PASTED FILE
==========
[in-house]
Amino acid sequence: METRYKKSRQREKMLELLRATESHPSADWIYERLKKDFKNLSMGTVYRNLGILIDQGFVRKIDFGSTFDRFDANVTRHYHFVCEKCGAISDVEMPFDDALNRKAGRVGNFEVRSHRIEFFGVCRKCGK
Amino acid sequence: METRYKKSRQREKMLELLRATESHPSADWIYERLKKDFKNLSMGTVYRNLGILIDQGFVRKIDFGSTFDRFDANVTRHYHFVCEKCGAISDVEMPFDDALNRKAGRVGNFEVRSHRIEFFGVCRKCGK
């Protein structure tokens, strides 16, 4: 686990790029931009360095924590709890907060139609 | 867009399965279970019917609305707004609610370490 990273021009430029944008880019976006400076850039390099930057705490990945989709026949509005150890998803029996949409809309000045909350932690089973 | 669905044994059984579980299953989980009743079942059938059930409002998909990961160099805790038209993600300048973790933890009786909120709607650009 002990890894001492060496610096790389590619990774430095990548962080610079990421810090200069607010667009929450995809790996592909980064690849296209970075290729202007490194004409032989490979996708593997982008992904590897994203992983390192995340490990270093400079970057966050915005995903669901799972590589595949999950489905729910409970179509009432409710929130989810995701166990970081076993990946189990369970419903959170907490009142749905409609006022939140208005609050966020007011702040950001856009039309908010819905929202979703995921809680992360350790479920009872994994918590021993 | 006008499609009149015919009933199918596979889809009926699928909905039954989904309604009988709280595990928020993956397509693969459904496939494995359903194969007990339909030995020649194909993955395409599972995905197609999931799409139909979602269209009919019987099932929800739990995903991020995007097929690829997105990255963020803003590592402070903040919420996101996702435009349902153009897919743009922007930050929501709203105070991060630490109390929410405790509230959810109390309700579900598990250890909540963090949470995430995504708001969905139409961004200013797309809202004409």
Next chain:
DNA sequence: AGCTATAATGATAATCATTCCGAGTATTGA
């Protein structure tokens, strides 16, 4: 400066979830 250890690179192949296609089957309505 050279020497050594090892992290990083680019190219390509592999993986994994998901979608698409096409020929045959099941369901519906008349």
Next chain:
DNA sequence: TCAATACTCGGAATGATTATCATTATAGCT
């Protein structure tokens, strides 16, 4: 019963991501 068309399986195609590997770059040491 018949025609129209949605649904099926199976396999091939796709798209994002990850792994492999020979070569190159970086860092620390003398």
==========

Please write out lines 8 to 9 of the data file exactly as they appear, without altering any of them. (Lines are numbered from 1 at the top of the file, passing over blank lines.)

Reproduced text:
Next chain:
DNA sequence: TCAATACTCGGAATGATTATCATTATAGCT